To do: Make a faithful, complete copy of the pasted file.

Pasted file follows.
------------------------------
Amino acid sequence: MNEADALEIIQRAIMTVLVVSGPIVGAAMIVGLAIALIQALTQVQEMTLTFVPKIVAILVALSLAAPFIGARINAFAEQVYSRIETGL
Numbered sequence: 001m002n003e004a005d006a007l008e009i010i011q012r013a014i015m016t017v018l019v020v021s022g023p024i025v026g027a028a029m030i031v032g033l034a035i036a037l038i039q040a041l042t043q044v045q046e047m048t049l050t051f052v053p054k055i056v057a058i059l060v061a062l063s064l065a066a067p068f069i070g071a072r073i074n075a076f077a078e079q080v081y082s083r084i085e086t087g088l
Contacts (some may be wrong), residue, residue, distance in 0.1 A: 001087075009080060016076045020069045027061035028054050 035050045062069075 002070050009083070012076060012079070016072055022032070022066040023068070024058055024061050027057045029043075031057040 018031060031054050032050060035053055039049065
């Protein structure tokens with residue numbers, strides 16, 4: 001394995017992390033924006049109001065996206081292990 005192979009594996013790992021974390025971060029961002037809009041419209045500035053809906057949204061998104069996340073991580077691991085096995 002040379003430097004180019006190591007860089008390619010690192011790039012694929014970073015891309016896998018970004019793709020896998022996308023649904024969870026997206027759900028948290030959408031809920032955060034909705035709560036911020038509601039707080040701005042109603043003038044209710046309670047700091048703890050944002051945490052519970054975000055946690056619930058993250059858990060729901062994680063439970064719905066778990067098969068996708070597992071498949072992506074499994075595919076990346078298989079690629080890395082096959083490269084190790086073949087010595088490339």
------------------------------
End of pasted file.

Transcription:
Amino acid sequence: MNEADALEIIQRAIMTVLVVSGPIVGAAMIVGLAIALIQALTQVQEMTLTFVPKIVAILVALSLAAPFIGARINAFAEQVYSRIETGL
Numbered sequence: 001m002n003e004a005d006a007l008e009i010i011q012r013a014i015m016t017v018l019v020v021s022g023p024i025v026g027a028a029m030i031v032g033l034a035i036a037l038i039q040a041l042t043q044v045q046e047m048t049l050t051f052v053p054k055i056v057a058i059l060v061a062l063s064l065a066a067p068f069i070g071a072r073i074n075a076f077a078e079q080v081y082s083r084i085e086t087g088l
Contacts (some may be wrong), residue, residue, distance in 0.1 A: 001087075009080060016076045020069045027061035028054050 035050045062069075 002070050009083070012076060012079070016072055022032070022066040023068070024058055024061050027057045029043075031057040 018031060031054050032050060035053055039049065
């Protein structure tokens with residue numbers, strides 16, 4: 001394995017992390033924006049109001065996206081292990 005192979009594996013790992021974390025971060029961002037809009041419209045500035053809906057949204061998104069996340073991580077691991085096995 002040379003430097004180019006190591007860089008390619010690192011790039012694929014970073015891309016896998018970004019793709020896998022996308023649904024969870026997206027759900028948290030959408031809920032955060034909705035709560036911020038509601039707080040701005042109603043003038044209710046309670047700091048703890050944002051945490052519970054975000055946690056619930058993250059858990060729901062994680063439970064719905066778990067098969068996708070597992071498949072992506074499994075595919076990346078298989079690629080890395082096959083490269084190790086073949087010595088490339």